There are very few female Urban Fantasy authors who are able to draw in male readers as Kat Richardson is able to. You see, she writes more like a guy than her female counterparts. For us, this is a good thing. Because we are guys. LABYRINTH marks the fifth entry into Richardson’s Urban Fantasy series following the adventures of Harper Blaine.
Here is the thing with this novel: you shouldn’t be reading it unless you have read the rest of the series. Guys like Jim Butcher and Simon R Green tell stories that have more enclosed story arcs. We don’t recommend it, but you could read them out of order and still have a pretty good idea about the landscape of the story and series. Not so with LABYRINTH. It picks up right after the events in London from book 4, VANISHED. There are terms you won’t know. There are people you won’t know. There are relationships you won’t know. Get our meaning? Don’t read this novel unless you are already a readers of the series.
The plot of this novel revolves mostly around Harper attempting to free the imprisoned ghost of her father. Really, that’s about it. There are other sub-plots–mostly dealing with vampire politics–but the focus of the story is on Harper trying to free her father’s ghost while she evolves more fully into a being of great power.
First of all, we didn’t quite like this novel as much as the rest of the series. While the plot was narrower, it didn’t feel as tight, and the pacing was up-and-down. While reading this novel, we should have been feeling a deep sense of dread, paranoia, and worry. There are moments where those came through, but we felt the pacing undermined it. We questioned why this was so apparent, and came to a conclusion. LABYRINTH feels like a great novella with lots of filler to give it the length of a novel. If a majority of the wandering around the characters do was cut out, the pacing would flow better, and we would have a pretty tight novella. But see, there’s no real place for a novella as this stage of the series, so a novel was required. It bothered us, but we could see why it was done.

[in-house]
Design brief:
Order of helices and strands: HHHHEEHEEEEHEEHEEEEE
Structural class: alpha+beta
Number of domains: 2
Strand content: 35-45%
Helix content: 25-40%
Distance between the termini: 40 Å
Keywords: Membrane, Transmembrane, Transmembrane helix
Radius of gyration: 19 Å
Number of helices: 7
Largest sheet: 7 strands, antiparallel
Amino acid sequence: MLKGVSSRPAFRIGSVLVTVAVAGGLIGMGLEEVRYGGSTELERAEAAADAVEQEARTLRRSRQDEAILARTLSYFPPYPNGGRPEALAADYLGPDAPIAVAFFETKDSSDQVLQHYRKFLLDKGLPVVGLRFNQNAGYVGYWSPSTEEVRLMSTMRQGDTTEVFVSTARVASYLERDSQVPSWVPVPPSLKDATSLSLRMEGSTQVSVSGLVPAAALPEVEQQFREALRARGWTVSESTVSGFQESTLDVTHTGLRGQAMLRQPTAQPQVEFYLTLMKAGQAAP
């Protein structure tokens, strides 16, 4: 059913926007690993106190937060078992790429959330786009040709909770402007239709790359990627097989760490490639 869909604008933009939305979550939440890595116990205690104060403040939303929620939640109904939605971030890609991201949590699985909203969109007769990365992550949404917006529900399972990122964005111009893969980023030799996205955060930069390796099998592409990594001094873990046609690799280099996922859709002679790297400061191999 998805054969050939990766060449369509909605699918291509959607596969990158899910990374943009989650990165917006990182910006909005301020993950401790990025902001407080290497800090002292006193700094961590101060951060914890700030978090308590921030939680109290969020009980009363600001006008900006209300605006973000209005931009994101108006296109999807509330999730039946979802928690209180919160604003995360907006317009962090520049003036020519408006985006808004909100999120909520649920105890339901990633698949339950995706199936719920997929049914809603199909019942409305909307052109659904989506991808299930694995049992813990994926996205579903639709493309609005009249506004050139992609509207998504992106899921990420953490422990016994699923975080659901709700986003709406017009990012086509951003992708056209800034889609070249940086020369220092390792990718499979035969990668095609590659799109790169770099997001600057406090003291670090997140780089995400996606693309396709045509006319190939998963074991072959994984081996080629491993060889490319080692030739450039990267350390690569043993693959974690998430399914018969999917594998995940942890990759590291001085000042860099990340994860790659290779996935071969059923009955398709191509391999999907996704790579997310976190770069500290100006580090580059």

Additionally, the relationship between Harper and her “geeky” boyfriend Quinton was a bit flat here. It is mentioned several times how “geeky” Quinton is, and we keep being told that a “geek” like Quinton would normally never get a hottie like Harper…but Quinton just seems like a heroic gadget-whiz in this novel. No real geek this time around. We would have liked a tad more “show” here instead of “tell.”
If you are a fan of Kat Richardson and this series (like we are), none of this is going to bother you too much. The supernatural P.I. type stuff isn’t as prevalent in LABYRINTH as it was in the earlier novels, and whether you like that or not is a matter of opinion. Personally, we like less vampire, and more ghosties. You may be different.
You are reading this series for the unique premise, the well-described action, its humor, and its ability appeal to either the male or female audience equally. For the most part, that will all be here in this fifth novel. This novel is noticeably used to tie off some small threads from the earlier parts of the series, and also to set up the next novel. It’s one of those books. That is neither good, nor bad. Richardson’s writing is sharp, her execution of different ideas is well done as always. We liked the novel for the smaller idea that was there, and for what it promises us for future assignments. If you’re already a reader of the series, this book should be on your reading list.
If you haven’t already, you should give this series a try. It isn’t for everyone, but Kat is a great person, and a great author. Go pick up GREYWALKER and see if it does you some good.
Recommended Age: 16 and up.
Language: Yeah, some. Usually Urban Fantasy has tons, but Richardson doesn’t rely on profanity like other authors.
Violence: Not really. Lots of action, like usual, but hardly any bloody violence at all.
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